Going to College Archive

What Should I Do if I Didn’t Sign a National Letter of Intent in the Early Signing Period?

Stay proactive in the process and be open to exploring all of the possibilities.

For those of you who did not sign a National Letter of Intent the fall of your senior year, do not be discouraged or feel as if no options remain. College coaches are continually looking for good players who fit the academic and athletic profile of their teams and universities. There are many coaches who annually look for the “late bloomer” or the player who comes on strong in the winter and early spring of his/her senior year. During my college coaching years I signed some of my best players during the spring signing period.

There are numerous actions you can take over the months ahead, prior to the spring signing period, to garner the interest of college coaches. The main keys are:

  • Review the early signing period signees on Junior Golf Scoreboard to see which schools have potential roster positions to fill.
  • Review your “best fit” list of schools to determine if additional schools should be researched and added based on your recent tournament results, academic standing, corresponding interest from coaches, and your objectives as a student-athlete.
  • Remember to use the PING American College Golf Guide for a comprehensive listing of all college golf programs, and consider the varying levels of competition and academic requirements that exist. It is worth noting that there are over 1,200 colleges that have men’s golf programs and over 800 that have women’s golf programs. Be open to exploring all possibilities.
  • Maintain a competitive tournament schedule this winter and spring to continue to build your resume and demonstrate your abilities to college coaches.
  • Make sure that you update all of the schools on your “best fit” list with the following: recent tournament results, current academic standing, upcoming tournament schedule, key references, and a recent swing video.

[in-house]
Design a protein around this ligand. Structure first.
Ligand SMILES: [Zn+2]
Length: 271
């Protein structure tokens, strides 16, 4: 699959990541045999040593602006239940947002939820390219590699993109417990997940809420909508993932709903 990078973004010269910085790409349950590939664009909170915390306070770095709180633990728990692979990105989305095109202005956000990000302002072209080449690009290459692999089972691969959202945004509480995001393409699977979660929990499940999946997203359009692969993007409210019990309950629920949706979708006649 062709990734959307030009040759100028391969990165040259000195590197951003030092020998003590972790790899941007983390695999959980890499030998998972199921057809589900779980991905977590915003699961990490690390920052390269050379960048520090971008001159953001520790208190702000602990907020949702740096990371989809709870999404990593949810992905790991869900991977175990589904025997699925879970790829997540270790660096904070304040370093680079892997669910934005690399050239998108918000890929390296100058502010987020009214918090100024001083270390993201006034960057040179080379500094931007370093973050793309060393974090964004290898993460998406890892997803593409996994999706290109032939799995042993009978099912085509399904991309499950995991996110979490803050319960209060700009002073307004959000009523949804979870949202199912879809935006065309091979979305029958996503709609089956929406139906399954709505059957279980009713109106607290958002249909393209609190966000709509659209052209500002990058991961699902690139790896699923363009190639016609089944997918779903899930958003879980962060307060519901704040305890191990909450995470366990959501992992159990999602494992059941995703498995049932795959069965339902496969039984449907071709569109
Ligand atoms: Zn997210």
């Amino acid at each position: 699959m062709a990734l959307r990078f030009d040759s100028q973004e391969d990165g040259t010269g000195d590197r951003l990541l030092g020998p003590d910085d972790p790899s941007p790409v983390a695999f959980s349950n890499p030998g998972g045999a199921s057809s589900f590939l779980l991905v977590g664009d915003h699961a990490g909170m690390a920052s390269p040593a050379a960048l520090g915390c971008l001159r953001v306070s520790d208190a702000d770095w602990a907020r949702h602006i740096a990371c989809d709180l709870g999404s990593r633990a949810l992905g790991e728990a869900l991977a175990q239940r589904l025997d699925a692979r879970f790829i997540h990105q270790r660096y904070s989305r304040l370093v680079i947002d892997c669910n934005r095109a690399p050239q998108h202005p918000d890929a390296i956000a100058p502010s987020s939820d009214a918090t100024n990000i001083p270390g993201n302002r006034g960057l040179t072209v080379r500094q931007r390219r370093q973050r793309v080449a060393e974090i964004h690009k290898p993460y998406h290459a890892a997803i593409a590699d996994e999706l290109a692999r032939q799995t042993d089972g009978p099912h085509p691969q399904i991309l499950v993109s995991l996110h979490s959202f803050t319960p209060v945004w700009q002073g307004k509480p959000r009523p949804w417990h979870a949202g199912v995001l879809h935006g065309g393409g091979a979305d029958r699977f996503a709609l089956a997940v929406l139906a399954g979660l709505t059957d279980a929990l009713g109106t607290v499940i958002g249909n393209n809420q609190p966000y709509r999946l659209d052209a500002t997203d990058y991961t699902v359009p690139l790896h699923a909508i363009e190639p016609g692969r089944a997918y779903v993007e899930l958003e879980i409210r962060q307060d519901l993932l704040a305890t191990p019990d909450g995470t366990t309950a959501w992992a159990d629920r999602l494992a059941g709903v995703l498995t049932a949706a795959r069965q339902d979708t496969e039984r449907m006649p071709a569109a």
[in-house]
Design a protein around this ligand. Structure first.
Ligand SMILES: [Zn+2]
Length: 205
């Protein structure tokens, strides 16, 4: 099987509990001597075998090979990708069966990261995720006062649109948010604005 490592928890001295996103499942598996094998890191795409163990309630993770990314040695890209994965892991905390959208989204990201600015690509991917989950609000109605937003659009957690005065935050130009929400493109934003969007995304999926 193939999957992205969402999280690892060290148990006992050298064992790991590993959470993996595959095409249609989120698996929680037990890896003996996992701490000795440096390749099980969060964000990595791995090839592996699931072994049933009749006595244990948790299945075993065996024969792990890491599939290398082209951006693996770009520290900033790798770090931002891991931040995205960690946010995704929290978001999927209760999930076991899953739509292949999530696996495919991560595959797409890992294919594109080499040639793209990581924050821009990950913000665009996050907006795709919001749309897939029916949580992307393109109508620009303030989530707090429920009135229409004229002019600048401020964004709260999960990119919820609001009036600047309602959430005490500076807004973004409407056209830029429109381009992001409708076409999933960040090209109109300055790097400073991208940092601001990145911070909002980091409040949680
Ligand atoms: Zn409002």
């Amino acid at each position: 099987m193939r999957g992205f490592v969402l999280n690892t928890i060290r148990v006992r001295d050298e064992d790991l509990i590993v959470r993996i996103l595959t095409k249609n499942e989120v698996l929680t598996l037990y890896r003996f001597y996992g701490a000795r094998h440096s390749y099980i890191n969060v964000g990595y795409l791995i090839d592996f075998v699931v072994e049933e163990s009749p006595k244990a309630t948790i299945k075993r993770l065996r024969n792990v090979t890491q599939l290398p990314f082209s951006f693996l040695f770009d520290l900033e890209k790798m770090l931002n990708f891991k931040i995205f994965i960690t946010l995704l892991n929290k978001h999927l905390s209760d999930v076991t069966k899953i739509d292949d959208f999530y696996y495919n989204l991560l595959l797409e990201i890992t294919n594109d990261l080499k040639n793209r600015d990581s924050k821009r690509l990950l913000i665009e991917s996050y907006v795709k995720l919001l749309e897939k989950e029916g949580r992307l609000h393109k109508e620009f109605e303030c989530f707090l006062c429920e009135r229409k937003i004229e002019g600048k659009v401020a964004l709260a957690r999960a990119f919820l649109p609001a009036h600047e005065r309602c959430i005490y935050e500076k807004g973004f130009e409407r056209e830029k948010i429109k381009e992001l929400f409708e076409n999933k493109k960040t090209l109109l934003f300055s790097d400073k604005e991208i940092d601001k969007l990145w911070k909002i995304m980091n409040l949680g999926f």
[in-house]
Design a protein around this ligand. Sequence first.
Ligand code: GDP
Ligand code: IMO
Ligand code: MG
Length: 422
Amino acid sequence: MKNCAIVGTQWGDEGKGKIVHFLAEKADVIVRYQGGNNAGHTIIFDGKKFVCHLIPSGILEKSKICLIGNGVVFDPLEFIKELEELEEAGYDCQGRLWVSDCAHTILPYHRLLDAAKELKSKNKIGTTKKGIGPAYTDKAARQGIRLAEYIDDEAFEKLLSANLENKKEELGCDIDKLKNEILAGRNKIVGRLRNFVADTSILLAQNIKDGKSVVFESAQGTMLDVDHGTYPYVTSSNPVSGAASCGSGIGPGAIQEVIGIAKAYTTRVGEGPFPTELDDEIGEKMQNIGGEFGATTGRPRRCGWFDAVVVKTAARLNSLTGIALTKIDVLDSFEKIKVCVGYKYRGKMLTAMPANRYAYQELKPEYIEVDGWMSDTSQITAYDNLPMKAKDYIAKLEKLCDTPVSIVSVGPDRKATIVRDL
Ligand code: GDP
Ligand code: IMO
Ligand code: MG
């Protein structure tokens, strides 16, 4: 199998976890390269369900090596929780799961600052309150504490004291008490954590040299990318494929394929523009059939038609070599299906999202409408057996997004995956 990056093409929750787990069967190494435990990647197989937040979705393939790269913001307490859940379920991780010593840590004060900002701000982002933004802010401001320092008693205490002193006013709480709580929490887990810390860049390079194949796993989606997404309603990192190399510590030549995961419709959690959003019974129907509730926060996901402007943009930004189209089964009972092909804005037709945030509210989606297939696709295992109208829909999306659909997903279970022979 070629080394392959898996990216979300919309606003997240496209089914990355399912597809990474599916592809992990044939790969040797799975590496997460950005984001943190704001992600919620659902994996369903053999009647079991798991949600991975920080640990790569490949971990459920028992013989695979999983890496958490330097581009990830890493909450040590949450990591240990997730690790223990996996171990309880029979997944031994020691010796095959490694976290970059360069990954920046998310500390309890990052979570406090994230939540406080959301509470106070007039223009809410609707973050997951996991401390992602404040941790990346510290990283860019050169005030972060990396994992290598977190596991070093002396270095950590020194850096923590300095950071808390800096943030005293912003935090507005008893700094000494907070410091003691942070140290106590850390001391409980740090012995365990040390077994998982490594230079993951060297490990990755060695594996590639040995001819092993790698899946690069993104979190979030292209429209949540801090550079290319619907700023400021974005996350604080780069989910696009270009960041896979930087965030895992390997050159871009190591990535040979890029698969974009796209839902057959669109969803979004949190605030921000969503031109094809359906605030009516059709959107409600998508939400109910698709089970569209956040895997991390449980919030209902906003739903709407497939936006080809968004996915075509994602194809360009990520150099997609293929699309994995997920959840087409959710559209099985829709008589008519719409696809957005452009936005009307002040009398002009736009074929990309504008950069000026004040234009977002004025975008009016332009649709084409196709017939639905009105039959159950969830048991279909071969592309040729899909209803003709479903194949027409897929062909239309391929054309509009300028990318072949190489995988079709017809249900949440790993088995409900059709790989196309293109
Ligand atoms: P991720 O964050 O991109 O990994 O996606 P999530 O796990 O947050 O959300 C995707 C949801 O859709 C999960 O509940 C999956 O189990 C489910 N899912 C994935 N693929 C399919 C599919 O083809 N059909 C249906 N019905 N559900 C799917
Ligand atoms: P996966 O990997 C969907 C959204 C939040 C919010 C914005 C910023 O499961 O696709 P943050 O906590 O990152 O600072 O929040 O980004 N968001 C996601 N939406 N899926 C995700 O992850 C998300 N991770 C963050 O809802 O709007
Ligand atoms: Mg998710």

• Continue to be proactive in your follow-up communication with college coaches and make sure to have questions formulated that will: a) help you determine their interest level in you as a prospective student-athlete b) clearly detail what they are looking for with respect to a golf and academic profile, and c) outline the timeline they have for finalizing their respective recruiting decisions.
  • Continue to make unofficial and/or official visits when appropriate.
  • Attend college golf tournaments that include the schools on your “best fit” list. To view a complete college golf tournament schedule, visit Golfstat or go to your local university’s athletic website to view that program’s tournament schedule.
  • Finish strong academically and continue to work hard on your golf game and fitness.

Most essential is staying proactive and positive throughout this time. It can be frustrating to not know where you will be next fall; however, if you stay focused on what you can control and do your proper due diligence, you will identify an appropriate best fit. There are many different means to an end, and having the experience of being a student-athlete at any college is a worthwhile experience.

Keep Swinging!

Ted Gleason
Road to College Golf

   Back to Going to College